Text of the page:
According to Chapter 2 "Sitting Meditation" of the book "How To Meditate" by Yuttadhammo Bhikkhu, you can try to observe movements of the abdomen, instead of nasal passage sensations:
The purpose of formal meditation is to limit our experience to the
fewest number of objects in order to allow for easy observation
without becoming overwhelmed or distracted. When sitting still, the
whole body is tranquil and the only movement is when the breath enters
and leaves the body. When the breath enters the body, there should be
a rising motion in the abdomen. When the breath leaves the body, there
should likewise be a falling motion. If the movement is not readily
apparent, you can put your hand on your abdomen until it becomes
If it is difficult to perceive the motion of the abdomen even with
your hand, you can try lying down on your back until you are able to
perceive it. Difficulty in finding the rising and falling motion of
the abdomen when sitting is generally due to mental tension and
stress; if one is patient and persistent in the practice, one’s mind
and body will begin to relax until one is able to breathe as naturally
sitting up as when lying down.
The most important thing to remember is that we are trying to observe
the breath in its natural state, rather than forcing or controlling it
in any way. In the beginning, the breath may be shallow or
uncomfortable, but once the mind begins to let go and stops trying to
control the breath, the rise and fall of the abdomen will become more
clear and allow for comfortable observation.
It is this rising and falling motion that we will use as our first
object of meditation. Once we are able to observe the motion of the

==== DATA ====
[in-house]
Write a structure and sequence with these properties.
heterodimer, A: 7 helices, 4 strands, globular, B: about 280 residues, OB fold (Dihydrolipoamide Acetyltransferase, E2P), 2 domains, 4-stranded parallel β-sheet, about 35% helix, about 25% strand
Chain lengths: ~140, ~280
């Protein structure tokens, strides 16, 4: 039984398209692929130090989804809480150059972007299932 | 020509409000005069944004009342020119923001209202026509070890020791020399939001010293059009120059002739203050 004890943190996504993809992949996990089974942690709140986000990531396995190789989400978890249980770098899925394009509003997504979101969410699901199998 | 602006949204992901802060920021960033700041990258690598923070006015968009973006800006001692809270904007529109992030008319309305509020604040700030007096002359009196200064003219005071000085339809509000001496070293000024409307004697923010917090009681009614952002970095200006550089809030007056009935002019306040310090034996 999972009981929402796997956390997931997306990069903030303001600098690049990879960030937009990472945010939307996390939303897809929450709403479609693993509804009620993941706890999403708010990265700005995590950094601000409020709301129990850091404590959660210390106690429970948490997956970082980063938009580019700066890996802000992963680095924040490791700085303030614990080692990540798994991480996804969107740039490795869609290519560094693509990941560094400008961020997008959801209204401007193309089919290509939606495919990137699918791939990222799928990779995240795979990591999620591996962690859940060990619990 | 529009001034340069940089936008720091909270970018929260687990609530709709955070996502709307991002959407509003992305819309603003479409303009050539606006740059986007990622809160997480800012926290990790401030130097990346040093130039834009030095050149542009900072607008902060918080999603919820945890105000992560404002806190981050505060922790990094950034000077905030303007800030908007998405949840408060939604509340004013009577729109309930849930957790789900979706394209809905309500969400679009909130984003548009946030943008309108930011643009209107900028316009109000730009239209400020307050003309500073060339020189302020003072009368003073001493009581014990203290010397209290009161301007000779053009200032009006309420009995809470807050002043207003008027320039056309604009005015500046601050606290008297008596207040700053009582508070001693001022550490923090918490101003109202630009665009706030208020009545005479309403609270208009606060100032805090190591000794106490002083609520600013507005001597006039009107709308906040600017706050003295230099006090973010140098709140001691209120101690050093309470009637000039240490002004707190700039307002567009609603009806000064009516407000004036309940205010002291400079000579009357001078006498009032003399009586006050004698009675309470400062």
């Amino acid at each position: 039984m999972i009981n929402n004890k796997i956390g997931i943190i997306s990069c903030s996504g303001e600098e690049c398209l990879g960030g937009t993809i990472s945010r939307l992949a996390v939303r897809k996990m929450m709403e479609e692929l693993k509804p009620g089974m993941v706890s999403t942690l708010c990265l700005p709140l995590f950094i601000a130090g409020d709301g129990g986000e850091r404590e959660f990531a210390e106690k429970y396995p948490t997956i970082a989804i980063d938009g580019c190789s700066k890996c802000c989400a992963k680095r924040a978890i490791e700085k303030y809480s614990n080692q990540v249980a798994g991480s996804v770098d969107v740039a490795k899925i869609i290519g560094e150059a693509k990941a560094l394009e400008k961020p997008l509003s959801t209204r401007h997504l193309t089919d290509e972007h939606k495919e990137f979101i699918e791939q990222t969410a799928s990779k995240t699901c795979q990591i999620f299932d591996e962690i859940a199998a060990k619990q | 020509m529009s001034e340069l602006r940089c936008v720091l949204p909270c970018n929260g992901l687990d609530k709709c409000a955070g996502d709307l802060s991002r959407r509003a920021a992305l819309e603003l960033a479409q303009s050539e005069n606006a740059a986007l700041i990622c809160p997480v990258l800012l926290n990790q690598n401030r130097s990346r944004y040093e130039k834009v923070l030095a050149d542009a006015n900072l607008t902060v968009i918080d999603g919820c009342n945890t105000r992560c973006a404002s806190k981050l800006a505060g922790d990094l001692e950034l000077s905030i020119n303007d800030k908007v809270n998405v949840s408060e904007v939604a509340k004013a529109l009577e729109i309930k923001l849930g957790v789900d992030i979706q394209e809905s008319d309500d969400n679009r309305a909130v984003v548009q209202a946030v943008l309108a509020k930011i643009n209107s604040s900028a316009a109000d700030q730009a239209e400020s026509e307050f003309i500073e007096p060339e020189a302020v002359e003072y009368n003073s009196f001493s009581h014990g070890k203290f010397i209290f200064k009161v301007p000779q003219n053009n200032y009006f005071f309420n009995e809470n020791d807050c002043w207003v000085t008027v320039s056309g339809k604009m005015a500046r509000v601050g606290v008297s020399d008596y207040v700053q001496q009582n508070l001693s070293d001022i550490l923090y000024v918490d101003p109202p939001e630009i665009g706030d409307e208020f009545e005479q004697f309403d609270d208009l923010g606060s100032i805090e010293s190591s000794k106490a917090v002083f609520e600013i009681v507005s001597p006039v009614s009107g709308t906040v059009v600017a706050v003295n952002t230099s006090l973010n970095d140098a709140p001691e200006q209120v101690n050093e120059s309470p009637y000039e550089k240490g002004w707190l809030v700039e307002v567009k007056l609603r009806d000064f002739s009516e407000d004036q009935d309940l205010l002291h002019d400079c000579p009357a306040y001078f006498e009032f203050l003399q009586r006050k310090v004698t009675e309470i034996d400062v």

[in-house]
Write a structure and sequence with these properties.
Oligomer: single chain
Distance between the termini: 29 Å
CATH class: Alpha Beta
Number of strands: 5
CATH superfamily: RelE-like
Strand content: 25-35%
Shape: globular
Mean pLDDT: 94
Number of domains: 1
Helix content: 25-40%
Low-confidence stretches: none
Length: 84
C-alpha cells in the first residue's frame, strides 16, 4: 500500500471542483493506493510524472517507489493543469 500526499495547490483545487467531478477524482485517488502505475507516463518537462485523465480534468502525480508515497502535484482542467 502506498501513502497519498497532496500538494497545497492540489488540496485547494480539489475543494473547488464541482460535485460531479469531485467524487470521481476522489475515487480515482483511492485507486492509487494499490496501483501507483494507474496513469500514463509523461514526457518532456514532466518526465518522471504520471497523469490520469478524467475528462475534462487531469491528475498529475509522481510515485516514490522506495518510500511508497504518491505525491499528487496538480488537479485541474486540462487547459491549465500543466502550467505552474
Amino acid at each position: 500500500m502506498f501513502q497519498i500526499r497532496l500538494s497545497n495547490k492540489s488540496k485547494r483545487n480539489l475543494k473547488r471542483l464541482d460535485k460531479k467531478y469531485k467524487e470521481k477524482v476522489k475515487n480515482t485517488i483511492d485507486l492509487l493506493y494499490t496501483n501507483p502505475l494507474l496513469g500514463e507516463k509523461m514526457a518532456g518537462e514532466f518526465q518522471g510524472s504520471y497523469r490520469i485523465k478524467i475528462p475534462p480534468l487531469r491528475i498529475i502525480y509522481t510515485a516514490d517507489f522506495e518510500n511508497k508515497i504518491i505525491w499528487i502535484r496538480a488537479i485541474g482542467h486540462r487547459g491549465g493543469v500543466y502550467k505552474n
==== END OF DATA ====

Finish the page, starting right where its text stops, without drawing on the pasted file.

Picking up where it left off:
abdomen without difficulty, it will serve as a default object of
meditation for us to return to at any time.
In this guide, Thanissaro Bhikkhu wrote that you can focus on any place where the breath can be sensed, whether it is the nose, chest, abdomen or any other place:
Only when you have cleared the mind in this way, and set outside
matters aside, are you ready to focus on the breath. Bring your
attention to the sensation of breathing. Breathe in long and out long
for a couple of times, focusing on any spot in the body where the
breathing is easy to notice, and your mind feels comfortable focusing.
This could be at the nose, at the chest, at the abdomen, or any spot
at all. Stay with that spot, noticing how it feels as you breathe in
and out. Don't force the breath, or bear down too heavily with your
focus. Let the breath flow naturally, and simply keep track of how it
feels. Savor it, as if it were an exquisite sensation you wanted to
prolong. If your mind wanders off, simply bring it back. Don't get
discouraged. If it wanders 100 times, bring it back 100 times. Show it
that you mean business, and eventually it will listen to you.